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Learning Behaviors Among Neanderthals and Palaeolithic Modern Humans: An Introduction

  • Yoshihiro NishiakiEmail author
  • Olaf Jöris
Chapter
Part of the Replacement of Neanderthals by Modern Humans Series book series (RNMH)

Abstract

The learning hypothesis put forth by the Replacement of Neanderthals by Modern Humans (RNMH) Project surmises the primary importance of the innate cognitive difference in learning abilities underlying RNMH processes. An overview of recent studies, supplemented by the contributions in this volume, shows that some of the available evidence is in support of this view, while another portion is not. This is perhaps because learning behaviors in human communities are conditioned by numerous factors, which include not only cognitive abilities in certain realms but also socio-cultural learning environments, as a product of historical developments. While learning undoubtedly played a significant role in the development of adaptive strategies among both Neanderthals and modern humans, a more balanced model seems more appropriate to explain the advantage of modern human lifeways resulting from newer and more effective learning strategies.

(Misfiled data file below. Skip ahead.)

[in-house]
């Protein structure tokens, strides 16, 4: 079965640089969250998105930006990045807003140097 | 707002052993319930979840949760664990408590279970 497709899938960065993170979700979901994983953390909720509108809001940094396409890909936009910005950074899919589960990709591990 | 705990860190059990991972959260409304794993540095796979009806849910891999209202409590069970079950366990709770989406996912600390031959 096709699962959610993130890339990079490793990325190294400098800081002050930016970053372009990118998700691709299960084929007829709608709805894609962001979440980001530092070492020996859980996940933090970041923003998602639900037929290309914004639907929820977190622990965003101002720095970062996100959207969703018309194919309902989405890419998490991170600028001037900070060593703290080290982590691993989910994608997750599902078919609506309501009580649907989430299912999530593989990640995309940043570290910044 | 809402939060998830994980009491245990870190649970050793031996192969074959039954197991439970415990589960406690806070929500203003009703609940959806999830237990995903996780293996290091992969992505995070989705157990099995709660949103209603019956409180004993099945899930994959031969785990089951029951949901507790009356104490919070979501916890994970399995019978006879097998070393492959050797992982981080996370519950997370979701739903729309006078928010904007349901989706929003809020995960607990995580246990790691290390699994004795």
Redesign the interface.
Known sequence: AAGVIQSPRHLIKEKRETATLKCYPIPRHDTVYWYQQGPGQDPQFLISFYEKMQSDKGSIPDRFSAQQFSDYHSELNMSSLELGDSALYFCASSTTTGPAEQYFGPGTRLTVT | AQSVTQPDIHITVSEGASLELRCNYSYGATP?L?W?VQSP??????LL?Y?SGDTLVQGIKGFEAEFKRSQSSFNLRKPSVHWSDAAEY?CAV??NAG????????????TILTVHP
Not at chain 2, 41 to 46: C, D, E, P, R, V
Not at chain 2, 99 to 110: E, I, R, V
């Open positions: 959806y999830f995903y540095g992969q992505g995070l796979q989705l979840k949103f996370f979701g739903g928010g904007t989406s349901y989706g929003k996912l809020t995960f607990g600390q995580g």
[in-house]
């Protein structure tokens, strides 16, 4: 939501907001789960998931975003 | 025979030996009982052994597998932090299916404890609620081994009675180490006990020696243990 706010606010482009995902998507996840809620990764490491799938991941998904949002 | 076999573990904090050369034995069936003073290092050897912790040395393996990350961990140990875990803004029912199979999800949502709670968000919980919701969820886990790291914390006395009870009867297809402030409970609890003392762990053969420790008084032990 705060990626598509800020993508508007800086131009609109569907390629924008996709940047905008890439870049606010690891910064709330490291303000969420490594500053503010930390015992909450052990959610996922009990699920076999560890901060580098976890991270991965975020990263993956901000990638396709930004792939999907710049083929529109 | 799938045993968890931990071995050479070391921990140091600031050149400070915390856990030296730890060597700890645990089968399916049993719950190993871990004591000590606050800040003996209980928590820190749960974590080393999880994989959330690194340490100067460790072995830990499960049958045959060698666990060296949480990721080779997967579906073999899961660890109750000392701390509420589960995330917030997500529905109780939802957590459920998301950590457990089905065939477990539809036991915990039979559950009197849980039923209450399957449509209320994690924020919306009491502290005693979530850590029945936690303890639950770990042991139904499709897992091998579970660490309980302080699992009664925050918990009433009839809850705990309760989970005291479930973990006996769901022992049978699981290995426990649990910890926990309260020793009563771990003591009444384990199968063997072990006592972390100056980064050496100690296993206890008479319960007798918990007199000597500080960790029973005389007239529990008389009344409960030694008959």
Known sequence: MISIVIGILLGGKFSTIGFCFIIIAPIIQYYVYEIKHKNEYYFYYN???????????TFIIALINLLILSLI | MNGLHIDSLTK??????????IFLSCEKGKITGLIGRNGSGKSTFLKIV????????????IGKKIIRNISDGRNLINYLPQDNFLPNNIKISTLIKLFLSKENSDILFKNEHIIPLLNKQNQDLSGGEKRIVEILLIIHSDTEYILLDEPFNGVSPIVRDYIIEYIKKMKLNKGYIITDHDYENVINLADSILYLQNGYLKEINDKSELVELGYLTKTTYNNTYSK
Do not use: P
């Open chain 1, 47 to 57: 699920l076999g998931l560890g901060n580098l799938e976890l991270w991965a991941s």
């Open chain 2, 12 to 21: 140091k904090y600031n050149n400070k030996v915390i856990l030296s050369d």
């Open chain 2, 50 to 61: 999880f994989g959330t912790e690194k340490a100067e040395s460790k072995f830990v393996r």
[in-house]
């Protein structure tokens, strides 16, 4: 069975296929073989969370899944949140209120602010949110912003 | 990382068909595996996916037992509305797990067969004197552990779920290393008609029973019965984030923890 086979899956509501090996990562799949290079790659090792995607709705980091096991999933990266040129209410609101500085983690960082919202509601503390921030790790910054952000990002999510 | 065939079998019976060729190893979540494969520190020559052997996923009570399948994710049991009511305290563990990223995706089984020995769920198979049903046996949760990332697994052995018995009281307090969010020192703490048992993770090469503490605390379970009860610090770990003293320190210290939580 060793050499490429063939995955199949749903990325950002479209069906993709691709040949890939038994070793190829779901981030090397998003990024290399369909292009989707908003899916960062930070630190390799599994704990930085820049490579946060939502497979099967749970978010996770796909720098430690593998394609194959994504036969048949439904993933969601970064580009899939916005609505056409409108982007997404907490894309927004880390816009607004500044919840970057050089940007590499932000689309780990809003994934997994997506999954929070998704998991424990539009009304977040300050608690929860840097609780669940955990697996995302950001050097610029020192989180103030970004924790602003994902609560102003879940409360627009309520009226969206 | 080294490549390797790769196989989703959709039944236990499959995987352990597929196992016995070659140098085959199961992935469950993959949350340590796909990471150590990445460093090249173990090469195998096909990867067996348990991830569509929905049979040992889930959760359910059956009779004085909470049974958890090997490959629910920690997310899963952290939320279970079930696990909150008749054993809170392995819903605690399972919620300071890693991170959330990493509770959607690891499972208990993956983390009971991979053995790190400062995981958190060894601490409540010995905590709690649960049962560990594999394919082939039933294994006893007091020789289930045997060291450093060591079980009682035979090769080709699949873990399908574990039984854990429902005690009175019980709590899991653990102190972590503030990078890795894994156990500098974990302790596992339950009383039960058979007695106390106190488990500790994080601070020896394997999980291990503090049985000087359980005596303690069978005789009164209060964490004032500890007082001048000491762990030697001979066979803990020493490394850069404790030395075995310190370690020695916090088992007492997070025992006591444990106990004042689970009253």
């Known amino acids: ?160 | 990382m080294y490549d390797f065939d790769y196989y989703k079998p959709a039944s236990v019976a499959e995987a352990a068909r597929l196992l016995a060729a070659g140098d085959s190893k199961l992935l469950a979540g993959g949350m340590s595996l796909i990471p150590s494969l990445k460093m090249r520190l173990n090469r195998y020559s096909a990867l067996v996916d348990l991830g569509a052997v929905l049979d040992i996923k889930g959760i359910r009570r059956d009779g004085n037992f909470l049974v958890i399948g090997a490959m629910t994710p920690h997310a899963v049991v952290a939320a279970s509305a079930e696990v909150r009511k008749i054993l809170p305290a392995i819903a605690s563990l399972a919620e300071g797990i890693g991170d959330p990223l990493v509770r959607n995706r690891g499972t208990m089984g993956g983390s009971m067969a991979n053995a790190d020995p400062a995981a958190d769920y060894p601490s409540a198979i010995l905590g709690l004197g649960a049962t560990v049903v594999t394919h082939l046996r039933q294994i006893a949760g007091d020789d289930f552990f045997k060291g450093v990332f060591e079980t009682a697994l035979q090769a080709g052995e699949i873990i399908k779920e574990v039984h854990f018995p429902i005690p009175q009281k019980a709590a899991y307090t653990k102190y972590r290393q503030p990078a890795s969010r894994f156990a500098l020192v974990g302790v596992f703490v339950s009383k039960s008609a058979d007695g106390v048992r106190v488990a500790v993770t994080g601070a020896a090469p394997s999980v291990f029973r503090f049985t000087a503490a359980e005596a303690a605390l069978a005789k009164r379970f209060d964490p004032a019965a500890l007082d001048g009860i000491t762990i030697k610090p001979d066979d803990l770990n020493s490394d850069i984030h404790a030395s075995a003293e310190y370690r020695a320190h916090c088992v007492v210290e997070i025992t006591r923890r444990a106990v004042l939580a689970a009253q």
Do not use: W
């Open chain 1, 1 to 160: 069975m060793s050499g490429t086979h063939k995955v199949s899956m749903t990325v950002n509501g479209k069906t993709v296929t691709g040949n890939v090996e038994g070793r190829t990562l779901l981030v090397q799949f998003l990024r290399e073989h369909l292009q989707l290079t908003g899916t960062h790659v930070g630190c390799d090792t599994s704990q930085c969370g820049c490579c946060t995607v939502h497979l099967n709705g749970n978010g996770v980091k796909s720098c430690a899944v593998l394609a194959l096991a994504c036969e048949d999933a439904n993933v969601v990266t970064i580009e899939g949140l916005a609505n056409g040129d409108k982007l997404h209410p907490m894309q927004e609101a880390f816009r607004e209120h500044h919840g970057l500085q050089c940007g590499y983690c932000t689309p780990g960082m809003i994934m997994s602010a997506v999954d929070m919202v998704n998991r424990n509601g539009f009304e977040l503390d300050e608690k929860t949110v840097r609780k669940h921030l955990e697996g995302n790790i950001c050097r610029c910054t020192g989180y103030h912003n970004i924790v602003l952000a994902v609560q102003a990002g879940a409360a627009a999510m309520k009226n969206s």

Keywords

Learning behavior Cultural evolution Adaptive strategies Cognitive abilities Social environments 

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Copyright information

© Springer Nature Singapore Pte Ltd. 2019

Authors and Affiliations

  1. 1.The University MuseumThe University of TokyoTokyoJapan
  2. 2.MONREPOS Archaeological Research Center and Museum for Human Behavioural Evolution, Schloss MonreposNeuwiedGermany

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